Everybody wants to be the hero of their own story. Growing up in an orphanage, Anthea didn't see herself as noteworthy. She watched other children write their daily lives in their diaries as if someone would miraculously appear to read their tragic stories and sympathize. Anthea didn't have to heart to tell them that nobody cared. They were boring, ordinary orphans living less than extravagant lives. Anthea already knew she wasn't important, and she was okay with that. She wanted to blend in with the crowds; the less attention she attracted, the less trouble she was in.
With so many children in one house, competing for affection and attention grew exhausting. When someone managed to get the love they craved, it was always erased by criticism later on. The caretakers in the orphanage were not compassionate people. They raised the kids with just enough kindness to get by, and spent the rest of their time following strict curfews and forcing the teens to cough up their factory job money. If you don't pay up, we'll throw you onto the street! Some people took that bet, others were too frightened. Anthea refused to give up the comforts of a warm bed and a full belly just to prove a point. That type of freedom was something she could worry about later.
The others knew her as the obedient one. She cooked, cleaned, and worked without complaint. If the caregivers had something rude to say, she met them with respectful silence. Arguing and competing for affection were tiring affairs. If she faded like a dull shade of grey, she was usually left alone. She didn't have to deal with a lot of drama. She was probably the least dramatic person in the house, even more so than the caretakers themselves.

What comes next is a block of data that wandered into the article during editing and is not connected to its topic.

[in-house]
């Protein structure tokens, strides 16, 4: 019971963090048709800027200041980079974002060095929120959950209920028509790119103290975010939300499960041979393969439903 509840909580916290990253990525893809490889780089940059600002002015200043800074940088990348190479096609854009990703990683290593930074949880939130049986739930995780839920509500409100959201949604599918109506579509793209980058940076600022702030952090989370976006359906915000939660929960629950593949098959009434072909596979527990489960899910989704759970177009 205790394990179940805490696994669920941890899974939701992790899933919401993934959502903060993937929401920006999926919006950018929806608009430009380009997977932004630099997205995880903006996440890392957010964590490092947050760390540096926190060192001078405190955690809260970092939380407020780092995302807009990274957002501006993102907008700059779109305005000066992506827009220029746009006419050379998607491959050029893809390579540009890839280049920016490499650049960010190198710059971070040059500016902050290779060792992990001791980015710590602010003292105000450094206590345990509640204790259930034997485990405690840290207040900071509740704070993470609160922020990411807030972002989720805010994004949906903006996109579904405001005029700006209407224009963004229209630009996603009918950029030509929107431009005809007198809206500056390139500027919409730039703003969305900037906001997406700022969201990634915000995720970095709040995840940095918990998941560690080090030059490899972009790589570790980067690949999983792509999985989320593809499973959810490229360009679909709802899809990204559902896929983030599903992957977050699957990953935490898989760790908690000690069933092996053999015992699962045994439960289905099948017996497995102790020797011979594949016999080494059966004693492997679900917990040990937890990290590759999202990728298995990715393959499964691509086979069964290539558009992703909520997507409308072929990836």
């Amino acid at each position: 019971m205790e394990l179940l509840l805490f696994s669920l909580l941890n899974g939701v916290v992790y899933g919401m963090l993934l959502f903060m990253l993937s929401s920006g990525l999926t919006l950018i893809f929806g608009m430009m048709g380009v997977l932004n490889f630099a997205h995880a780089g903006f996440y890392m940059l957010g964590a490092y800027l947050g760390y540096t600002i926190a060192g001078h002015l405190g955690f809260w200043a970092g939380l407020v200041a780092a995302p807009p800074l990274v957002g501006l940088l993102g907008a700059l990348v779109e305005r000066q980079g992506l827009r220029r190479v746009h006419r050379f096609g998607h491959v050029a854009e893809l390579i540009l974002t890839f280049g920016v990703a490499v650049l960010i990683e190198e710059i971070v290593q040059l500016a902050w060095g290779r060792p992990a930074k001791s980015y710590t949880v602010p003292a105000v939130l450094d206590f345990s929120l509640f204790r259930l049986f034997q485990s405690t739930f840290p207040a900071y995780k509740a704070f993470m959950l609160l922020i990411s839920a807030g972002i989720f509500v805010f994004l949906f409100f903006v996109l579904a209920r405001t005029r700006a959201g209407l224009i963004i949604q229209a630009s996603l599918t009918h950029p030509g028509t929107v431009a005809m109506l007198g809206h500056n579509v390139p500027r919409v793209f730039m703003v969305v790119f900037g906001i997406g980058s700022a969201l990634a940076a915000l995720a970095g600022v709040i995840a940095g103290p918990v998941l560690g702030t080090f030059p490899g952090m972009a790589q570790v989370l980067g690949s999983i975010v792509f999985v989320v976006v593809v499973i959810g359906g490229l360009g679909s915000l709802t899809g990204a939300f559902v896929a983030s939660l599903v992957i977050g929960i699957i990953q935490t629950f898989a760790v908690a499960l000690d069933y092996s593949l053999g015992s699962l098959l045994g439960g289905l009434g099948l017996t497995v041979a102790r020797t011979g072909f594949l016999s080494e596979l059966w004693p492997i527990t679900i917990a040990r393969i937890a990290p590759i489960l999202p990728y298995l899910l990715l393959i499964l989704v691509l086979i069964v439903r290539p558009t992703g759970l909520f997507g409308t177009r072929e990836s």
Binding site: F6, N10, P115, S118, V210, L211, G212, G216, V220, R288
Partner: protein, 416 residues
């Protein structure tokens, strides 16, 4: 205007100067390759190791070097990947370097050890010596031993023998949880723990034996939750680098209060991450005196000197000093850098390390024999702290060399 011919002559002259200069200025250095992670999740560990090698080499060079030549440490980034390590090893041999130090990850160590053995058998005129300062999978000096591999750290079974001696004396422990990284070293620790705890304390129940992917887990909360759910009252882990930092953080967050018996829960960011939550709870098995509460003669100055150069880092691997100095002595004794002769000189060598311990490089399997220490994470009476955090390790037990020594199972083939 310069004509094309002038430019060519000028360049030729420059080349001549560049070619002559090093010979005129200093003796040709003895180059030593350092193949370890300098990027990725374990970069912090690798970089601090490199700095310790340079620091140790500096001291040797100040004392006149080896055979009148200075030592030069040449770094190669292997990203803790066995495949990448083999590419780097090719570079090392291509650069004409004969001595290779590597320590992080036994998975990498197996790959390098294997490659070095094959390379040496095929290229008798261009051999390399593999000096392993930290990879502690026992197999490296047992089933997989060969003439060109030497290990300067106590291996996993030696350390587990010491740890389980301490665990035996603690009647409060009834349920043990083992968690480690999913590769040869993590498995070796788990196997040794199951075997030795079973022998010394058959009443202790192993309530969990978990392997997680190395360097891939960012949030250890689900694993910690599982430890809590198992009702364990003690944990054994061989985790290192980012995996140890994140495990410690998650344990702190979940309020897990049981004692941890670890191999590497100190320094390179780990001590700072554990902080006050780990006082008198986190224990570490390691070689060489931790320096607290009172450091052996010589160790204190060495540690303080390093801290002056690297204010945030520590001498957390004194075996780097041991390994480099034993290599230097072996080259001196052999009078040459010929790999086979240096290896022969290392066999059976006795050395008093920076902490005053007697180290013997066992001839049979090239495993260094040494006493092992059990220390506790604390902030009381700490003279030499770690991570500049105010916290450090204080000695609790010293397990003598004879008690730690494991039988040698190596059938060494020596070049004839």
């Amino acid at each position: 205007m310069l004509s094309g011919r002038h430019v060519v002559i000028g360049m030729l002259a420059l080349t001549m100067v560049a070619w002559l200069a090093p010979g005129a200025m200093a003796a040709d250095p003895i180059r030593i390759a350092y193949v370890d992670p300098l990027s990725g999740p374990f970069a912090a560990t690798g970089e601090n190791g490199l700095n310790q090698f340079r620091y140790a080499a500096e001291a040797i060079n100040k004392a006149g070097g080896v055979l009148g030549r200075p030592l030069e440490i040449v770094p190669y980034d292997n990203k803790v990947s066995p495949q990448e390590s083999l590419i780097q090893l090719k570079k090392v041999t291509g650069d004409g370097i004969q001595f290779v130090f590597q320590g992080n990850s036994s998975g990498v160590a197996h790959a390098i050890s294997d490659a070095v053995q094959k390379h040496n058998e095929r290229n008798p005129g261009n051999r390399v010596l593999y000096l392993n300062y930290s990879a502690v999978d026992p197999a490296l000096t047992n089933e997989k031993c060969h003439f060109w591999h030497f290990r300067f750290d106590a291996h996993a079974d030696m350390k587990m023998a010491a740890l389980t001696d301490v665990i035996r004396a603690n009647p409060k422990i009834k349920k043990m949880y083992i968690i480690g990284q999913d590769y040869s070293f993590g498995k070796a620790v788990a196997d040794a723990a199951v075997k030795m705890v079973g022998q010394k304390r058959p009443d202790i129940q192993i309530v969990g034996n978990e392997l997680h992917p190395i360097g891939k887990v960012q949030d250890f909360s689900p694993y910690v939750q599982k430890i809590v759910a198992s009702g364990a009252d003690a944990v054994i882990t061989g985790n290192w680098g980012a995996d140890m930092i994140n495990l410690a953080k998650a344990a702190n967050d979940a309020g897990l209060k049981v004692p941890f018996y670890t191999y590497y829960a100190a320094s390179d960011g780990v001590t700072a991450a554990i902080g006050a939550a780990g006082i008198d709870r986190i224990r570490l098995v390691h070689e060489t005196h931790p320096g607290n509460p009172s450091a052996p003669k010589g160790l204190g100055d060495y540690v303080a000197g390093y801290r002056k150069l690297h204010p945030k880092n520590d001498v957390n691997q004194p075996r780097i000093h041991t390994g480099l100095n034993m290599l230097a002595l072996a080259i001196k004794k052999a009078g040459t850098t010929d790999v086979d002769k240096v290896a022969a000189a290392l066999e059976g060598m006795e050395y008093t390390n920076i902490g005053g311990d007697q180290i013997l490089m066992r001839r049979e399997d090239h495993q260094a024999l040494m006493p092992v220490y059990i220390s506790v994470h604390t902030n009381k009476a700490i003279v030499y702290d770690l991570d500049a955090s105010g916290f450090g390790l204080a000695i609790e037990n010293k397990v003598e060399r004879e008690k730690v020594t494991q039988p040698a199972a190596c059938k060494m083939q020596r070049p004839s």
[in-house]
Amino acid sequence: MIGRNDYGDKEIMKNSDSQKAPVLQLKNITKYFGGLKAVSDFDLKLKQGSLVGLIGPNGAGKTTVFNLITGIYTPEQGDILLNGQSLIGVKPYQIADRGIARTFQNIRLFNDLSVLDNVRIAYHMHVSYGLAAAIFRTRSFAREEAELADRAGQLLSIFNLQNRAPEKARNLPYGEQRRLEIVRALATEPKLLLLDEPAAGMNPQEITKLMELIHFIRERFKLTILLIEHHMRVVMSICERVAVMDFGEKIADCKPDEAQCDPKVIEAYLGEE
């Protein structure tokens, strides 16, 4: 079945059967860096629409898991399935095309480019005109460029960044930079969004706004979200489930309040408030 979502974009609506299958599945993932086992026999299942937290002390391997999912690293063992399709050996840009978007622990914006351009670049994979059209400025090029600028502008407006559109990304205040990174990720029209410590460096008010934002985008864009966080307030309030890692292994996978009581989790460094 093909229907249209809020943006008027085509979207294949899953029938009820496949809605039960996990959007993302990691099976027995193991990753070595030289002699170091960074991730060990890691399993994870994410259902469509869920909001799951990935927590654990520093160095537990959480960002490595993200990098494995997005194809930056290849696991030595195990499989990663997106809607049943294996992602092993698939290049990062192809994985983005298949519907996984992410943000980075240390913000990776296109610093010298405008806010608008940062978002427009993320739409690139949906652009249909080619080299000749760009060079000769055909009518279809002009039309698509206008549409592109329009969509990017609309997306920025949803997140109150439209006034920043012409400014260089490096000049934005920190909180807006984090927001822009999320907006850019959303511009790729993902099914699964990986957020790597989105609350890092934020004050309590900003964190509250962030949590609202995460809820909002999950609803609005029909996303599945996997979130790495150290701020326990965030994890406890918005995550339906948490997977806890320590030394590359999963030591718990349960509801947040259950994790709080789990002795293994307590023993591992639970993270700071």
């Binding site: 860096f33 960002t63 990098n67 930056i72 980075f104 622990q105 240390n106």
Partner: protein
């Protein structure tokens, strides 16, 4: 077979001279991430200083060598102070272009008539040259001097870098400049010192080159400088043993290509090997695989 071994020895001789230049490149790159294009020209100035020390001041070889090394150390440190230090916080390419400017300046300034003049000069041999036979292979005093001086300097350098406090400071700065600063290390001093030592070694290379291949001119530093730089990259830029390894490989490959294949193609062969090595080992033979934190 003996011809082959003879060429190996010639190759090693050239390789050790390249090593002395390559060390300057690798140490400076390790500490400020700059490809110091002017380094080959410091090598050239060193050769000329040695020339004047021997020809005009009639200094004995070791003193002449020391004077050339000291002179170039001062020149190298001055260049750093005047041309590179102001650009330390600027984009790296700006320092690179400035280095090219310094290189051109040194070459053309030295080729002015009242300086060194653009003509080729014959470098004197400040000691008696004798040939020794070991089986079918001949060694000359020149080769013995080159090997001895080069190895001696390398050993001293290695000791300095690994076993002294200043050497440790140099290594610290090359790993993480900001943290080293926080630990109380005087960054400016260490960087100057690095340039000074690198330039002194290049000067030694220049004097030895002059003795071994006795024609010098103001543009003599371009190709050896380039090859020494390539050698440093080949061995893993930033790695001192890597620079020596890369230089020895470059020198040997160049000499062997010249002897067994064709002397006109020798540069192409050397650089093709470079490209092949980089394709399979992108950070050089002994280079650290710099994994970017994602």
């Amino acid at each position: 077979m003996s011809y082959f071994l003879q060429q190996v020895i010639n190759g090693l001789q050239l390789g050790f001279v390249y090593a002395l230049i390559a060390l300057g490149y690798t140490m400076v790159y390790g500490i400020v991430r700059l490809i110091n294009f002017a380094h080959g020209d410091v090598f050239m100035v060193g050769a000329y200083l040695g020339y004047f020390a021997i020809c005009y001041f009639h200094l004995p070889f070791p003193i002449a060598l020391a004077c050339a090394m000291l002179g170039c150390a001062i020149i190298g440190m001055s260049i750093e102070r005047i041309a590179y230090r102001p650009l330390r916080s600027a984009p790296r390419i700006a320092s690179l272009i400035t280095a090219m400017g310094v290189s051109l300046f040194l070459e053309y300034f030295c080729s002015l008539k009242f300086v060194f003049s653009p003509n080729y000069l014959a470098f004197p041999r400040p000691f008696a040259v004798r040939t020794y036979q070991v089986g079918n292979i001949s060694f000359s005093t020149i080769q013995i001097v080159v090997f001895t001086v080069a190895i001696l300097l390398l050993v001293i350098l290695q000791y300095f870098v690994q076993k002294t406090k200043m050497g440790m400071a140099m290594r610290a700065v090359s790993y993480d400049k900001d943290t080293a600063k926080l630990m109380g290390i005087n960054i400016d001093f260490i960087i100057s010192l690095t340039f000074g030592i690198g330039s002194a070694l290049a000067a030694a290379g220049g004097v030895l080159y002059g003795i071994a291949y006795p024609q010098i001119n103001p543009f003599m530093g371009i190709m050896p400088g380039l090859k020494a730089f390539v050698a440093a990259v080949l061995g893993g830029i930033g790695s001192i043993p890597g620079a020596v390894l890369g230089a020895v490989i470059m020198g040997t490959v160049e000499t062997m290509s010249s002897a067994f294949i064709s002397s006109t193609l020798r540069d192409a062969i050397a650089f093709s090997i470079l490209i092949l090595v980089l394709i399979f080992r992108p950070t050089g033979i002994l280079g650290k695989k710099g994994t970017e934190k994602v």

If people called her "boring", she didn't care. She didn't care what anybody had to say about her. A woman of few words, she will either respond to an insult with silence or a one-word statement. Words were chosen wisely. She did not like unnecessary conflict if it was for her own pride's sake. She didn't have pride. Her goal was to coast through life until she turned nineteen - then perhaps she could take a break and relax without the weight of somebody else's problems on her shoulders. There were too many other kids to take care of, and she couldn't stop herself from caring about them.
That was Anthea's weakness - her fierce protectiveness over others. She cared about the other children in the home like a mother would, or an older sister, and threatening them was the easiest way to piss her off. If anyone dared to hurt or bully her siblings, she wouldn't hesitate to hurt them back. Everyone in the home recalls the one time Anthea got into trouble; someone bullied her little brother to tears, and her first reaction was to ask the perpetrator's name and walk out of the door.
When she found him, she broke his nose. She didn't care that he was 3 years younger than her.
The caretakers paddled her with a wooden spoon and grounded her for a month, but she didn't regret it. Family was everything. She wasn't the most affectionate person around, but she would kill for them if the situation demanded it. The only exception was the caretakers, because as much as Anthea disliked how they treated the children, it would hurt her siblings more in the long run if she stirred up a fuss. She had to protect them in more subtle ways when she wasn't breaking bones.
When the other kids asked her about her future plans, she never had an answer. She worked a lowly factory job creating and shipping winter coats for the Capitol. In school, her grades were superb, but she had no idea what to do afterward. Move out of the orphanage, for one. If she could afford it, perhaps take some of the children with her. Besides that, she had no clue. She wasn't a planner; each day was taken in slowly. Her leisure time was dedicated to fixing the kids' toys and throwing dance parties in her bedroom. It was a boring, simplistic, and ordinary life.